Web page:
CHINESE VISITORS POSE CNMI SECURITY PROBLEM

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By Ulysses Torres Sabuco

CNMI, Saipan (Marianas Variety, Oct. 22) – The recent influx of Chinese nationals into the Commonwealth of the Northern Marianas is a "big issue" for border security, the CNMI Attorney General’s Office said yesterday.

Early this month, the People’s Republic of China granted the CNMI’s application for an Approved Destination Status or ADS. The government spent three years in the process.

Acting Attorney General Clyde Lemons Jr. told Cabinet members yesterday that border security and local immigration are concerns that the agency, particularly the Division of Immigration, are now working on with local and federal authorities.

The AGO, Lemons added, has asked the U.S. Department of Homeland Security to set up a security monitoring system.

Federal homeland security experts will be arriving to install a "Joint Regional Information System," said Jerry Crisostomo, the Governor’s special assistant for homeland security.

The system will start CNMI-U.S. information-sharing on individuals entering the Commonwealth, particularly those on the federal authorities’ watchlist. Lemons labeled as a "big project" the efforts the agency is undertaking to address security and immigration issues.

"The next big project now that the Approved Destination Status (has been granted by China) is boarder security and the immigration system. (That) is really the big issue," Lemons said.

The granting of ADS was scheduled for early this year, but China reportedly halted it after increased terrorism threats prompted the federal government to restrict the entry of foreigners, including Chinese nationals to the United States mainland.

The arrival of federal security experts is part of the agreement the CNMI entered into with the federal government, Crisostomo told Variety.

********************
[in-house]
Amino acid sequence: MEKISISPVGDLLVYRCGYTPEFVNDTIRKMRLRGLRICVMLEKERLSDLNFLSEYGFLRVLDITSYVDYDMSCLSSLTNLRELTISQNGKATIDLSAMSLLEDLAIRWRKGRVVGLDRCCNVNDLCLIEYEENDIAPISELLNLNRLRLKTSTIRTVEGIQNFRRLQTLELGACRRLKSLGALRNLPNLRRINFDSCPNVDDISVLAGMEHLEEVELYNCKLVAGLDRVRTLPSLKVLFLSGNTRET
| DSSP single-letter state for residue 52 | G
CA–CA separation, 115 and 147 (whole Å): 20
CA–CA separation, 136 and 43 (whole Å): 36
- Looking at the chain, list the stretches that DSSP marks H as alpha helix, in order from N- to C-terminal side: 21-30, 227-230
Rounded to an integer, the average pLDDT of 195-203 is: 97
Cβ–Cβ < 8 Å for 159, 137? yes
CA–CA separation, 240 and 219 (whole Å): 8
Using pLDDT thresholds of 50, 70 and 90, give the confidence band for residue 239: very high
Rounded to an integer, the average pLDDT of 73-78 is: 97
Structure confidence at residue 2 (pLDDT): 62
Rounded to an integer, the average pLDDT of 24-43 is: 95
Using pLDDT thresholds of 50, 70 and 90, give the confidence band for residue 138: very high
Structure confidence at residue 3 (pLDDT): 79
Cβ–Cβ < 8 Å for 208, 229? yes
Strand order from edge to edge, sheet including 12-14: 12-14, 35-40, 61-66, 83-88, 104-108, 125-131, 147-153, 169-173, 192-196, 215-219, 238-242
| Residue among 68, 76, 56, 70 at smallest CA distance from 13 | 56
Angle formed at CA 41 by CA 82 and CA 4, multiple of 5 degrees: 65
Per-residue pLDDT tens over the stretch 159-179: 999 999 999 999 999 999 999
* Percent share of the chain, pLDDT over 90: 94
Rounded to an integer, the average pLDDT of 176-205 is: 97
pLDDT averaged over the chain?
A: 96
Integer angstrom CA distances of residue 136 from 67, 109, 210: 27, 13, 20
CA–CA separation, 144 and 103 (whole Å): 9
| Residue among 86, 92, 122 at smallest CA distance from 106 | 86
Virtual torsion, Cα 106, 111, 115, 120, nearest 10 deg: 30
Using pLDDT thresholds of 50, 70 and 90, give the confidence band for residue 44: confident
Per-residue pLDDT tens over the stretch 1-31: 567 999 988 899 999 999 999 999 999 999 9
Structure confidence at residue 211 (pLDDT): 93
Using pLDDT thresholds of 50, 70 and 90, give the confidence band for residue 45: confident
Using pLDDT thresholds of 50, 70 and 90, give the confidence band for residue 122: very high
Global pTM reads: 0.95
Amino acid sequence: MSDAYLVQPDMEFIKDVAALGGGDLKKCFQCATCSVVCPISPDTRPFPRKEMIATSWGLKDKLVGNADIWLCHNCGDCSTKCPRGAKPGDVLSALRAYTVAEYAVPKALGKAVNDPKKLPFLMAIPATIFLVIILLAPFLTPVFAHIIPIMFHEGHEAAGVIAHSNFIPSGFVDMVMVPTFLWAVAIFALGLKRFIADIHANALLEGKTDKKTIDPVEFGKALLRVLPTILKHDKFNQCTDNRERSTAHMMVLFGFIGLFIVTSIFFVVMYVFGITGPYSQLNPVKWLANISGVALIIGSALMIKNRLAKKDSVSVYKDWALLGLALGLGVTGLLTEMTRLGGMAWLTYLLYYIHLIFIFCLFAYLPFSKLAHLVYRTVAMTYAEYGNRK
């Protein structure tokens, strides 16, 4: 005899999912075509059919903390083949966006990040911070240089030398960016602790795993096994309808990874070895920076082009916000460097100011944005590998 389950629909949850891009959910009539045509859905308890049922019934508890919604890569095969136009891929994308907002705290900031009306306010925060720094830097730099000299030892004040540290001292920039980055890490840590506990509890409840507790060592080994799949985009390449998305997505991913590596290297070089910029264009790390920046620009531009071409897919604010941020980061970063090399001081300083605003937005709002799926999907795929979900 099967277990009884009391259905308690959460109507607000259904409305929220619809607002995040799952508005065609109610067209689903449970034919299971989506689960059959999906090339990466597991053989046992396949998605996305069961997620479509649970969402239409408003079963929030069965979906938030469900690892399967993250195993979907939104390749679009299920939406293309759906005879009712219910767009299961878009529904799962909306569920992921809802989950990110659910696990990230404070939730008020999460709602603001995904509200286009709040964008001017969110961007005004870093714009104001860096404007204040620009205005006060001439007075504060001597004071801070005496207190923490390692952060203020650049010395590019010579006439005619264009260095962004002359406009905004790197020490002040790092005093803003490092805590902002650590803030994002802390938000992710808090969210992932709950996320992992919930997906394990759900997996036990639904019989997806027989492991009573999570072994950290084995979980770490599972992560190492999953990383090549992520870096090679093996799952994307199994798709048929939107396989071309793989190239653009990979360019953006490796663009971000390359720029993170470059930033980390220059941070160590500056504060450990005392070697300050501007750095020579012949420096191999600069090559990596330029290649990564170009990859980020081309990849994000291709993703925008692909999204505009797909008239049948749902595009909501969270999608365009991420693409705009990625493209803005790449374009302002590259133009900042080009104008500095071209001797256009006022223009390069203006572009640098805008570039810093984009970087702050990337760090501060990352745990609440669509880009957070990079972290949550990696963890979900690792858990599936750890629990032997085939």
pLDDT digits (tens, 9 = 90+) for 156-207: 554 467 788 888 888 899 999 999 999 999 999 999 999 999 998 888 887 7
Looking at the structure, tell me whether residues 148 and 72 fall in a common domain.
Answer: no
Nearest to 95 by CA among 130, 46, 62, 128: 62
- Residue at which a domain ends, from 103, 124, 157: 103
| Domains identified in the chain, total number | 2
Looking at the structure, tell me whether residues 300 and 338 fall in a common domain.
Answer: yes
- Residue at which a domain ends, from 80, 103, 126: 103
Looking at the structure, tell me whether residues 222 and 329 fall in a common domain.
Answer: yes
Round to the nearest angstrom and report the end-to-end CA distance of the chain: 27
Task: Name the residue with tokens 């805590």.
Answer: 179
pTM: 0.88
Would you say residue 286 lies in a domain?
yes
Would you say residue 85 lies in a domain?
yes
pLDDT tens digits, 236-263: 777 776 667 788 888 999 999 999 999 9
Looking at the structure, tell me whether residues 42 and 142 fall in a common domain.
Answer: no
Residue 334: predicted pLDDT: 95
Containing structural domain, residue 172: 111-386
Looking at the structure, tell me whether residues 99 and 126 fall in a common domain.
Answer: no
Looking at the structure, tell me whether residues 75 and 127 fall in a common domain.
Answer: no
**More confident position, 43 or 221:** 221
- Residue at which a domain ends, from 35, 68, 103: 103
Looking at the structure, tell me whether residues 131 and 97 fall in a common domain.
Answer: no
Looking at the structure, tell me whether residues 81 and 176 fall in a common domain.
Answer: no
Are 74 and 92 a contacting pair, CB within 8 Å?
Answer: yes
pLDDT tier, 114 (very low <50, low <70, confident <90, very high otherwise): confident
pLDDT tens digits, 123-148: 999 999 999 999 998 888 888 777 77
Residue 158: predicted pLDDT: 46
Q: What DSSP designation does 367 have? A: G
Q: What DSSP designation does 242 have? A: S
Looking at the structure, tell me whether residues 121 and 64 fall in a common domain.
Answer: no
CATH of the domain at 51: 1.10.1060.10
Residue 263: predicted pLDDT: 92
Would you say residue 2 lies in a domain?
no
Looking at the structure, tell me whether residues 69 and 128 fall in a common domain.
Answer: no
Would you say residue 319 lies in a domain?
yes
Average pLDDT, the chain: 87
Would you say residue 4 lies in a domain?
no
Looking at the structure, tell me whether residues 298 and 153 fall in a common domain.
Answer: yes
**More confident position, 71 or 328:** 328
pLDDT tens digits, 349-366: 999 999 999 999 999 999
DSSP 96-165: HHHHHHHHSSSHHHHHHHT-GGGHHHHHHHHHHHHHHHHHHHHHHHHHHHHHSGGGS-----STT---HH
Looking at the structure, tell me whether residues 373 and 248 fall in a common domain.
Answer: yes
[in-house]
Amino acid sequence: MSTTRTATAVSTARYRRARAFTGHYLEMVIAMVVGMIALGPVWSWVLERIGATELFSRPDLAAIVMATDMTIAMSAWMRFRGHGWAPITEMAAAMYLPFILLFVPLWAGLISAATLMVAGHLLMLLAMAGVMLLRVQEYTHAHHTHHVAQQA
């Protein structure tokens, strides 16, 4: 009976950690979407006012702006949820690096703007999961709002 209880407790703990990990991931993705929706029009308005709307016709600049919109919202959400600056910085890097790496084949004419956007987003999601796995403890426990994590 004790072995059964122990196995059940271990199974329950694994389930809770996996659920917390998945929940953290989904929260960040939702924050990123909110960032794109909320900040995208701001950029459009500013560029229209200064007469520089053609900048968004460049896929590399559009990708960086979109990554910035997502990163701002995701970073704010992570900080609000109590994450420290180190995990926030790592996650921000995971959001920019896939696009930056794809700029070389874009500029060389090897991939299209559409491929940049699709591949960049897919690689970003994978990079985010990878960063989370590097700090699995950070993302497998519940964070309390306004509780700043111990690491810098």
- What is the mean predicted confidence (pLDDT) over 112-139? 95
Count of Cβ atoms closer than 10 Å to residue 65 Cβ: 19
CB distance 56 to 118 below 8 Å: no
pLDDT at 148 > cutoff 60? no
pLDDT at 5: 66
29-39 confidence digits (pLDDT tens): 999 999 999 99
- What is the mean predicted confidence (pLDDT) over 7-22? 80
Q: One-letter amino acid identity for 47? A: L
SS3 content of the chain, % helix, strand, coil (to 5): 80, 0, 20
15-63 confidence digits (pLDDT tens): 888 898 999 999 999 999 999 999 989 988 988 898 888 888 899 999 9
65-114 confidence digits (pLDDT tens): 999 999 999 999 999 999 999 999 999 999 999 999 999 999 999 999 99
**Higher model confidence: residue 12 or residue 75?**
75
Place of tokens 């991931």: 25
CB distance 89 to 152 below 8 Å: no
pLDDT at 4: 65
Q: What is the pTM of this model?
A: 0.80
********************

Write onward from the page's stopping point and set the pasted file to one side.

As a result of the agreement, the federal government will provide funds and a facility to implement security-related programs in the Commonwealth.

Despite being a U.S. territory, the CNMI controls its own labor and immigration, as provided in its Covenant with the U.S. But Crisostomo said the CNMI is ready to address any potential security issues that may result when Chinese tourists flood the islands.

The CNMI government is expected to sign the memorandum of understanding to formalize the ADS in late November.

"We have been prepared, as we have the control of our immigration and control of people in our jurisdiction," Crisostomo said. "We got people from the (DHS) to assist us in the installation of an information-sharing system."

Crisostomo said the new system will hook up the CNMI to the U.S. authorities’ security system to identify people on their immigration watchlist.

"It will give us the ability to check (unwanted nationals)," Crisostomo said.

Two years ago, the CNMI, along with Guam, was labeled a "high risk security area" because of the degree of criminal activities involving "illegal drugs, money laundering, gambling, prostitution and a growing alien population."

A report prepared by R.G. Meissner, regional security specialist of the U. S. Attorney’s Office for the Eastern District of Virginia, predicted that the lawlessness will "seriously jeopardize the national security of the United States," as it will threaten "local federal and public interests in the Marianas."

The risk assessment report was submitted upon the request of the U.S. Attorney’s Office for the Districts of Guam and the CNMI.

October 22, 2004

Marianas Variety: www.mvariety.com

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